The Valdosta Daily Times
Just in time for summer, the South Georgia Regional Library kicks off its Summer Reading Program.
The program, which runs from May 28 through July 18, with an end-of-summer celebration on July 26, encourages everyone from young children to teens to adults to spend time reading in the coming weeks.
“We want to keep everybody reading, but especially children and teens,” said Celia Strickland, children’s librarian. “They tend to lose what they have learned as far as their reading vocabulary throughout the year. We want to keep it up. If they don’t read, they’ll have a little bit of trouble when they start back to school.”
Registration is as simple as completing a short form, though you will need your library card number.
Then you receive a book log. Children keep track of the number of age-appropriate books they’ve read, or the number of chapters they’ve read, if reading chapter books. Once they reach 20, they complete the log and return it to the library. They pick an item from the prize box — there’s a separate one for teens and adults — and are entered into the program’s grand-prize drawing. They can also take a new log and begin again.
It works the same for teenagers and adults, but with teens needing to read six books to complete their log and adults needing to read for 25 hours to fill their log.
Throughout the summer, the library hosts events geared toward children and toward adults and teens.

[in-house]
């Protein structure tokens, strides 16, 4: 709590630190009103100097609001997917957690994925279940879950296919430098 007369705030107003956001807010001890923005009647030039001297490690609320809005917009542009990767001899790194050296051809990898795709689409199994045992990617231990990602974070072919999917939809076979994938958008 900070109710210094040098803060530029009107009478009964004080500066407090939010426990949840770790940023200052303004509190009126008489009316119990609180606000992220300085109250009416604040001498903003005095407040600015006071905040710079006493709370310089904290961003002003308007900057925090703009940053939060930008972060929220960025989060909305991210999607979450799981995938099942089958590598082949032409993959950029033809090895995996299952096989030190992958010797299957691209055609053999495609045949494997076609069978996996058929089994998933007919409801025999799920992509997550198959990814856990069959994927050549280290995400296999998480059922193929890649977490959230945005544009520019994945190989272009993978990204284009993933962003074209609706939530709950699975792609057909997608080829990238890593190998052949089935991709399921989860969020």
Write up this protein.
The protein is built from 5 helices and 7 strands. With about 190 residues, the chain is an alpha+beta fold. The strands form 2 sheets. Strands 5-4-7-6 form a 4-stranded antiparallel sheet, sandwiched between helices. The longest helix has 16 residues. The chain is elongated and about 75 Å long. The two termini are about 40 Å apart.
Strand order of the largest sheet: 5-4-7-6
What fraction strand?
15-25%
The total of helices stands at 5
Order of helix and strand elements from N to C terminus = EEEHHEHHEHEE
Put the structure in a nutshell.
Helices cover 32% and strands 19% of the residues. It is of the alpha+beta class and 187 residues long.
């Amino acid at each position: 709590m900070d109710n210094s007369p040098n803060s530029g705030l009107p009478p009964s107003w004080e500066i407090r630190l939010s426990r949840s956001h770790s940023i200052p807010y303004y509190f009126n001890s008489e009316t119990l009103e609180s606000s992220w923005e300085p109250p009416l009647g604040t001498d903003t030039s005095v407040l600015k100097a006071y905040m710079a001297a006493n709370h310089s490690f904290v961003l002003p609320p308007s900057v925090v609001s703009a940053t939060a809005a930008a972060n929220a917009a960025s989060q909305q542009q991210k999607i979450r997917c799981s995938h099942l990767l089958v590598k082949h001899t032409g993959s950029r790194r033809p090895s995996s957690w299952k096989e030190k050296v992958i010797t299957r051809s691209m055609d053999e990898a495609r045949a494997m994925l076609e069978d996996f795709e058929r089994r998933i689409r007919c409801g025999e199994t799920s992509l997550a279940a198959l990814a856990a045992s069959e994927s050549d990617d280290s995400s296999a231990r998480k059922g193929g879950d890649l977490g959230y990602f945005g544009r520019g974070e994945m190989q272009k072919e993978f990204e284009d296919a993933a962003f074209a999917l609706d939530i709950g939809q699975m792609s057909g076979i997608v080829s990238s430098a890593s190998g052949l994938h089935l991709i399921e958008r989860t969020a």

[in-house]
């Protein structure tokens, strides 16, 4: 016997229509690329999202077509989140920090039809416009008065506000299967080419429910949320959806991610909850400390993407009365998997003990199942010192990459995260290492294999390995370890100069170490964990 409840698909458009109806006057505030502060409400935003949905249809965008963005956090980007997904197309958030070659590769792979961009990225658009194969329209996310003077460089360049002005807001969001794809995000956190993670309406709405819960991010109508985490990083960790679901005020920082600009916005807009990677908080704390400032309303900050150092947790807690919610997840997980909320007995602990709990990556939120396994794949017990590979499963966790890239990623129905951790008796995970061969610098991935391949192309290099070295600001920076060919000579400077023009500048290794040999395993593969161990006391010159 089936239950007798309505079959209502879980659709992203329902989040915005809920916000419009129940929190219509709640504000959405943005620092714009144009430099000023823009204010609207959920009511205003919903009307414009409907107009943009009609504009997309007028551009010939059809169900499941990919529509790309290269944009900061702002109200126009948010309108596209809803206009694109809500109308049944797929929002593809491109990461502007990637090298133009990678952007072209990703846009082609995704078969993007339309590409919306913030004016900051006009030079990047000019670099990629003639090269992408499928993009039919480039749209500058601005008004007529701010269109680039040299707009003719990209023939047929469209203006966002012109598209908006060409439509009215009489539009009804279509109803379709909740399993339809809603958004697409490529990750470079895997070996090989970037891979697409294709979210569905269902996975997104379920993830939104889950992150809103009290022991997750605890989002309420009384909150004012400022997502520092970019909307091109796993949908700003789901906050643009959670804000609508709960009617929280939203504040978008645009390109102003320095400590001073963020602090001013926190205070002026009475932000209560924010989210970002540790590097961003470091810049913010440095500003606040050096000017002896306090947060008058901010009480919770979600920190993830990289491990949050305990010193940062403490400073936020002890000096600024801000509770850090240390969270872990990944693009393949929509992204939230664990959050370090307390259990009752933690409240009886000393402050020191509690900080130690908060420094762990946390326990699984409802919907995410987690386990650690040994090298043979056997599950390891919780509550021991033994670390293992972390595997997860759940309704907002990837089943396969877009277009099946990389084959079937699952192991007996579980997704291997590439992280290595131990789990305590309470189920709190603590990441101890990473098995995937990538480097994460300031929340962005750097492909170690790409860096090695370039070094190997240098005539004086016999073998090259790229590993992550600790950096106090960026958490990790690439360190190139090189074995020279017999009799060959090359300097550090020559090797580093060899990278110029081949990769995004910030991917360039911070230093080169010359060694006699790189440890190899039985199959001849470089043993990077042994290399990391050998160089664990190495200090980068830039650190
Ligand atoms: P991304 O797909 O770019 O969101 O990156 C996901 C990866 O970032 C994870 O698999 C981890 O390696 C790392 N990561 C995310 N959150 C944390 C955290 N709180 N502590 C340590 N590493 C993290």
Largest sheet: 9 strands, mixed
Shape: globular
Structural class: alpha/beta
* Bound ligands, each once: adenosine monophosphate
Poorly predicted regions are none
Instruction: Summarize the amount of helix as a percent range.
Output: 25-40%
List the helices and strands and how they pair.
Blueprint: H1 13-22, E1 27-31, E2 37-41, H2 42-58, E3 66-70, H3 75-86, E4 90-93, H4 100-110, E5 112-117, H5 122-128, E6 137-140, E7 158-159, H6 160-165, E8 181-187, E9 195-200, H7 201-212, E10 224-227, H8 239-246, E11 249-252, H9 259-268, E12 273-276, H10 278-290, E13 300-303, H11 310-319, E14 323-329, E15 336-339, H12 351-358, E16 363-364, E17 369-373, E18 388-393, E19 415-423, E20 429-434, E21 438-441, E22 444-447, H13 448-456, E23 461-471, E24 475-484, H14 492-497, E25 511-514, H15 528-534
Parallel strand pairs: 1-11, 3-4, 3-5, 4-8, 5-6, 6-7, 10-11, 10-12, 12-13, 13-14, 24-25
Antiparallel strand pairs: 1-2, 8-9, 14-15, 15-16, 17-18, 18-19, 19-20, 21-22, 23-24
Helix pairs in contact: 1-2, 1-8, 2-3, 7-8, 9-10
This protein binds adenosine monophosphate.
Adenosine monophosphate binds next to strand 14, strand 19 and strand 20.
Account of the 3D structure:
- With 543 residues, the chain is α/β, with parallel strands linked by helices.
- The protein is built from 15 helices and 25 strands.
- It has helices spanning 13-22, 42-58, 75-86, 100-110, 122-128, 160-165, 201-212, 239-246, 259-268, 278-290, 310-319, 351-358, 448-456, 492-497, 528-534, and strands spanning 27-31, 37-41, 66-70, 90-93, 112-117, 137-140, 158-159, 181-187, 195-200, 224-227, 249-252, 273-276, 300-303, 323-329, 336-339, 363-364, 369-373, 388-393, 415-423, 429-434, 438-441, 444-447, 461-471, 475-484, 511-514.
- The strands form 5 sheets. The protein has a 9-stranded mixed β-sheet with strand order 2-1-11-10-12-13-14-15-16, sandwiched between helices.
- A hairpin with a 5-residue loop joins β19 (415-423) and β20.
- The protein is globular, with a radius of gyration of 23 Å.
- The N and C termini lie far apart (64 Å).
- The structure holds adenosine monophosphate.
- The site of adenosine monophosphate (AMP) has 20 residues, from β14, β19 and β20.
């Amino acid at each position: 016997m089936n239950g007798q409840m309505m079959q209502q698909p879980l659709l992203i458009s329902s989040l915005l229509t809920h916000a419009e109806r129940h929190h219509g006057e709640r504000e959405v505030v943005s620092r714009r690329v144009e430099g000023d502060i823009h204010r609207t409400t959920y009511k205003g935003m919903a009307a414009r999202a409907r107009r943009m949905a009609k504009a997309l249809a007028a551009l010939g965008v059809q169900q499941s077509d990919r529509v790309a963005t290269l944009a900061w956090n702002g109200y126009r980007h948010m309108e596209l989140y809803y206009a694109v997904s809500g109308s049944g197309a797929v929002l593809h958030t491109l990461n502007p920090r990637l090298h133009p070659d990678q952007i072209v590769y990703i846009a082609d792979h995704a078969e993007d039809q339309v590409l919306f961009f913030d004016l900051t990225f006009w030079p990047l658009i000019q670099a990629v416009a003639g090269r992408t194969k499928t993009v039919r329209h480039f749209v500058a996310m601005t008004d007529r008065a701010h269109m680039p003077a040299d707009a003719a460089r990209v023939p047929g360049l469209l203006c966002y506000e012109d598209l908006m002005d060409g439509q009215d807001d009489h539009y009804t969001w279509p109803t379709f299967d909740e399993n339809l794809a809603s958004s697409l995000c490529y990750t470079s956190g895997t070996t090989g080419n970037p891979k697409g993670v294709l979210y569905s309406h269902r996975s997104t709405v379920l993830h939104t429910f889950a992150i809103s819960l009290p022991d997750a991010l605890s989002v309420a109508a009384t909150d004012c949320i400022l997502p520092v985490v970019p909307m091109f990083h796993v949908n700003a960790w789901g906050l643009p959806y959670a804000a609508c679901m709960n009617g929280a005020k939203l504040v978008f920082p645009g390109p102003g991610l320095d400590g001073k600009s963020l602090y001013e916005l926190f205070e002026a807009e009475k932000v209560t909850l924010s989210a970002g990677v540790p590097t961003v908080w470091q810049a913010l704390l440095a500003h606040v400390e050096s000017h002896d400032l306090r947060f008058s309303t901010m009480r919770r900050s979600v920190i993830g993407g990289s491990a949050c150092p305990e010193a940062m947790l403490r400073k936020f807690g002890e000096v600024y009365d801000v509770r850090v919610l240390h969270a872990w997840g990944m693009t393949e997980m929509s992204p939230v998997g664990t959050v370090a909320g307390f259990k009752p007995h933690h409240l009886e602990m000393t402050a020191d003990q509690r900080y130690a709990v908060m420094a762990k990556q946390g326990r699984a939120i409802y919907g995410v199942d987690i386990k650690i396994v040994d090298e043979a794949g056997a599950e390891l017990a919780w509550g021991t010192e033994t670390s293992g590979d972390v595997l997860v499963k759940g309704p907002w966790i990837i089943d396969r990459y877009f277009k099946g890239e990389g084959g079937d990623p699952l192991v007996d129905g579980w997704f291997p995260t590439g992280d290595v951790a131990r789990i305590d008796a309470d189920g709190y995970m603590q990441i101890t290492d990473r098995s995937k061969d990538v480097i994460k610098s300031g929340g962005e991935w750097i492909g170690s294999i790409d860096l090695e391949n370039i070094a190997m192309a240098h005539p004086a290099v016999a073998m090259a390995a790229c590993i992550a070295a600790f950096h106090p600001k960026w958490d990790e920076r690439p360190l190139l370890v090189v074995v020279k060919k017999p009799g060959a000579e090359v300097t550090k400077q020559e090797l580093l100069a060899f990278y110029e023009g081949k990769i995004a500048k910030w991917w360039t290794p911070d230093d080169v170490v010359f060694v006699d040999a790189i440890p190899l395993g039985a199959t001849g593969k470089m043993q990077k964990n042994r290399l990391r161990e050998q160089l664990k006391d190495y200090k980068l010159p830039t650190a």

Weekly Story Times are held 11 a.m. Mondays for kids 2 years old and younger; at 11 a.m. Tuesdays, for kids between 2-5 years old; 4 p.m. Tuesdays, Family Story Time.
A weekly kids movie will be shown 10 a.m. Thursdays.
For teens and adults, there is a weekly arts and crafts program, 4 p.m. Tuesdays; and a movie, 4 p.m. Thursdays.
There are also a number of one-time events: the Little Actor’s Theatre, science experiments with Valdosta State University, visits from authors Adrian Fogeline, Warren Knight and The Times’ Dean Poling, a Valdosta-Lowndes County Crime Lab Tour, and a Japanese culture program with Ai Kataoka, among others.
“After you sign up for our summer reading program, we like to encourage people to participate,” Strickland said, “one, because it’s super fun; two, because it’s free; and three, because we’ve got lots of neat events going on for all ages.”